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Thread: PURPLE AND NOT STARLING - Fly of the Week - October 4, 2010

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  1. #1
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    Default PURPLE AND NOT STARLING - Fly of the Week - October 4, 2010

    PURPLE AND NOT STARLING

    Much has been written about hackling over the years, by a variety of authors. I love silk thread and I personally like sparse hackle on all my flies, the fish like them. I hope you enjoy them too.

  2. #2
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    Default About Purple and not Starling

    This is Henrich Schlarb's first contribution to Fly of the Week, and what a great way to start with possibly the first fly patten that was used in early days of fly fishing, a soft hackle wet fly.

    Heinrich Schlarb did a wonderful job in the FOTW article, showing how simple a soft hackle wet fly is to dress. Just about any hook, thread, and hackle will do the trick. It does take some practice, if you have not ever done a soft hackle pattern, but a few trial runs and you will have it down pat.

    Starling is a favorite material for soft hackle flies, specially those of British origin. Dressers of hooks need to remember that what may be legal in Britain, may not be legal in the USA. Although starlings were brought over to New York City, from there they spread out across most of the USA, in many states they are protected song bird, along with the Blue Jays, Crows, and Raven and might be illegal to use in fly tying.

    As for soft hackle, hen hackle is used today for various hackle material that has become hard to procure, or is banned. You do not need silk thread, any thread will do, as is for wire or other ribbing material. If you want to use muskrat that is alright and legal, but you can use other natural and man-made dubbing also. ~Parnelli

  3. #3

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    Heinrich,
    I received one of these in a swap recently and I must say that it is a VERY nice pattern!
    The Green Hornet strikes again!!!

  4. #4
    Normand Guest

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    Quote Originally Posted by Steven McGarthwaite View Post
    Starling is a favorite material for soft hackle flies, specially those of British origin. Dressers of hooks need to remember that what may be legal in Britain, may not be legal in the USA. Although starlings were brought over to New York City, from there they spread out across most of the USA, in many states they are protected song bird, along with the Blue Jays, Crows, and Raven and might be illegal to use in fly tying.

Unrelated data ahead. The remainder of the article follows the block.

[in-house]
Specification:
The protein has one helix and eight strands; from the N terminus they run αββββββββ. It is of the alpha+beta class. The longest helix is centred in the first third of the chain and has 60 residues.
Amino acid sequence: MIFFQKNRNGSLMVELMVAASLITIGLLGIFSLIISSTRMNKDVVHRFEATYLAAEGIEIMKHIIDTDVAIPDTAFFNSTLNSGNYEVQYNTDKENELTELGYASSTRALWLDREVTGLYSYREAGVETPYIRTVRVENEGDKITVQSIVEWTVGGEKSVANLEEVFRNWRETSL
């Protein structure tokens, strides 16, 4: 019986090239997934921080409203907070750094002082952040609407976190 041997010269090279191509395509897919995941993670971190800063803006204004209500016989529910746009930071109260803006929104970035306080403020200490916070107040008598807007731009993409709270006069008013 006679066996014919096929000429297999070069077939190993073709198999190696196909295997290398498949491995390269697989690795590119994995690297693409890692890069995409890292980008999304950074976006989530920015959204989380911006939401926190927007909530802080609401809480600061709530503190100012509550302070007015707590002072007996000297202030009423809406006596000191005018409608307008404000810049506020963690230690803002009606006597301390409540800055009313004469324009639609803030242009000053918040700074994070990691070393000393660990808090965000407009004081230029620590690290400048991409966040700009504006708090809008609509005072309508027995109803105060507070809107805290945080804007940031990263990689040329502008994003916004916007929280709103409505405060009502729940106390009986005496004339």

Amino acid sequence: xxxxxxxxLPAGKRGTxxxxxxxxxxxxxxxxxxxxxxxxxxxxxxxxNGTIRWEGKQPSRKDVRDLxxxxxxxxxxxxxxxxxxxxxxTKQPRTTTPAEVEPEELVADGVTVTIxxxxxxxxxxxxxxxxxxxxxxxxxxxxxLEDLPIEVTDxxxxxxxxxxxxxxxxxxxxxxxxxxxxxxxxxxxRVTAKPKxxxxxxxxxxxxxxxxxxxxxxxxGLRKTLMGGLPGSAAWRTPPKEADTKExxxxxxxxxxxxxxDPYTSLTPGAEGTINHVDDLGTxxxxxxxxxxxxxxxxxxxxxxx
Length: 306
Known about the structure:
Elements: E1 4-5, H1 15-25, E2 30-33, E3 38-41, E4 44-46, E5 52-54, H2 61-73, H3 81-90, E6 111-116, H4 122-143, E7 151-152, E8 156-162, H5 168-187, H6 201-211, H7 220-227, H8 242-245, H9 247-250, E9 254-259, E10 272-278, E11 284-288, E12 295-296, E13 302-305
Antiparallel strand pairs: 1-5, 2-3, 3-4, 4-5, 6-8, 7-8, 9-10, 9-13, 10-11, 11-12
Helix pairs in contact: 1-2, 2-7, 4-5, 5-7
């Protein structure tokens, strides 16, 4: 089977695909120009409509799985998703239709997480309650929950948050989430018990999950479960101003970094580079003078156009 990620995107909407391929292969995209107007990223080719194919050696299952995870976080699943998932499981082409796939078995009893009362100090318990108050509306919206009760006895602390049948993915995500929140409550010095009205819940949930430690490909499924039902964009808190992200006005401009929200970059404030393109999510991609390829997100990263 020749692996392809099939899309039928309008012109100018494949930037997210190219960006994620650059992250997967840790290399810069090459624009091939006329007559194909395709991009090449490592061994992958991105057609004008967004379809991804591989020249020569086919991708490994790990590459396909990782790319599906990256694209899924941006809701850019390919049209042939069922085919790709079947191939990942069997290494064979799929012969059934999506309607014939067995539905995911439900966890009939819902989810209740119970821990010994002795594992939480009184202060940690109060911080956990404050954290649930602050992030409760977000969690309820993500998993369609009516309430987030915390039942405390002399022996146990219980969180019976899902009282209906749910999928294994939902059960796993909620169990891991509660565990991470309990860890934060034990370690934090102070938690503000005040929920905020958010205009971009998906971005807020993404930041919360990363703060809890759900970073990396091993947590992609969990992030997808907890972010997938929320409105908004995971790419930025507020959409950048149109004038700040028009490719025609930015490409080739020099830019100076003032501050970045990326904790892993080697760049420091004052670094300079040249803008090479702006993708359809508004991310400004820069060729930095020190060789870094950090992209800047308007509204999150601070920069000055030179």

after reading multiple pages on the world wide web about what bird is legal or not, The European Starling is one of only three birds not protected by the United States government. The House Sparrow and the pigeon are the other two.

    i hope we are using the European starling for fly tying purposes.
    Last edited by Normand; 10-04-2010 at 01:53 PM.

  5. #5

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    Normand, it is the European starling we use in fly tying. I have never heard of them being labeled as a "songbird". Our state regulates them as a pest... no season, no limit. Also: pigeon are fine table fare if you are finding them outside of town...
    The Green Hornet strikes again!!!

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    It's nice to have an unregulated source of such fine soft-hackle feathers---life is good! 8T

  7. #7
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    Heinrich, excellent tie and tutorial. Thanks for sharing.

    Kelly.
    Tight Lines,

    Kelly.

    "There will be days when the fishing is better than one's most optimistic forecast, others when it is far worse. Either is a gain over just staying home."

    Roderick Haig-Brown, "Fisherman's Spring"

  8. #8
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    Default

    Hi,

    Starling is one of my favorite soft hackle feathers. For a long time it was a highly undervalued feather, but recently it seems to have made a come back. I've noticed a lot more people using it, or at least admitting to using it now! A size 16, purple and starling (but the black tip part of the feather), is a good midge type pattern. I think it's called a "little black" (wax the purple silk with cobblers wax to darken it; and the silk also darkens in the water when wet anyway). The "purple and not starling" as presented looks to be a really good pattern as well, and I'm sure a collections of starlings and not starlings would do anyone proud on the river.

    - Jeff
    Am fear a chailleas a chanain caillidh e a shaoghal. -

    He who loses his language loses his world.

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